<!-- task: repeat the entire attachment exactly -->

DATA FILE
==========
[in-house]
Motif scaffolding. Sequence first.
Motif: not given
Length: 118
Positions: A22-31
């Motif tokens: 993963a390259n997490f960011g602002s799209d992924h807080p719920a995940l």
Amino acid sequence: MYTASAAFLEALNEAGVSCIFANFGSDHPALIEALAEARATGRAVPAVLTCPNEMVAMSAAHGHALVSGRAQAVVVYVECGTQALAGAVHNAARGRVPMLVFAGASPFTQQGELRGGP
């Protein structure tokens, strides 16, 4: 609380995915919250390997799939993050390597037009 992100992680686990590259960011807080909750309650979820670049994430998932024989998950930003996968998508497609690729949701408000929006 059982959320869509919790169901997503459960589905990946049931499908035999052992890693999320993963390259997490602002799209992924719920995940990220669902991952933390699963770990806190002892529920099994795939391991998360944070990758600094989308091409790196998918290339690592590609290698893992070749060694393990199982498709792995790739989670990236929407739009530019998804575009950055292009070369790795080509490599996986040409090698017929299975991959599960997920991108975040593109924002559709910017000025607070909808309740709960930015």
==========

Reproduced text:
[in-house]
Motif scaffolding. Sequence first.
Motif: not given
Length: 118
Positions: A22-31
């Motif tokens: 993963a390259n997490f960011g602002s799209d992924h807080p719920a995940l």
Amino acid sequence: MYTASAAFLEALNEAGVSCIFANFGSDHPALIEALAEARATGRAVPAVLTCPNEMVAMSAAHGHALVSGRAQAVVVYVECGTQALAGAVHNAARGRVPMLVFAGASPFTQQGELRGGP
């Protein structure tokens, strides 16, 4: 609380995915919250390997799939993050390597037009 992100992680686990590259960011807080909750309650979820670049994430998932024989998950930003996968998508497609690729949701408000929006 059982959320869509919790169901997503459960589905990946049931499908035999052992890693999320993963390259997490602002799209992924719920995940990220669902991952933390699963770990806190002892529920099994795939391991998360944070990758600094989308091409790196998918290339690592590609290698893992070749060694393990199982498709792995790739989670990236929407739009530019998804575009950055292009070369790795080509490599996986040409090698017929299975991959599960997920991108975040593109924002559709910017000025607070909808309740709960930015």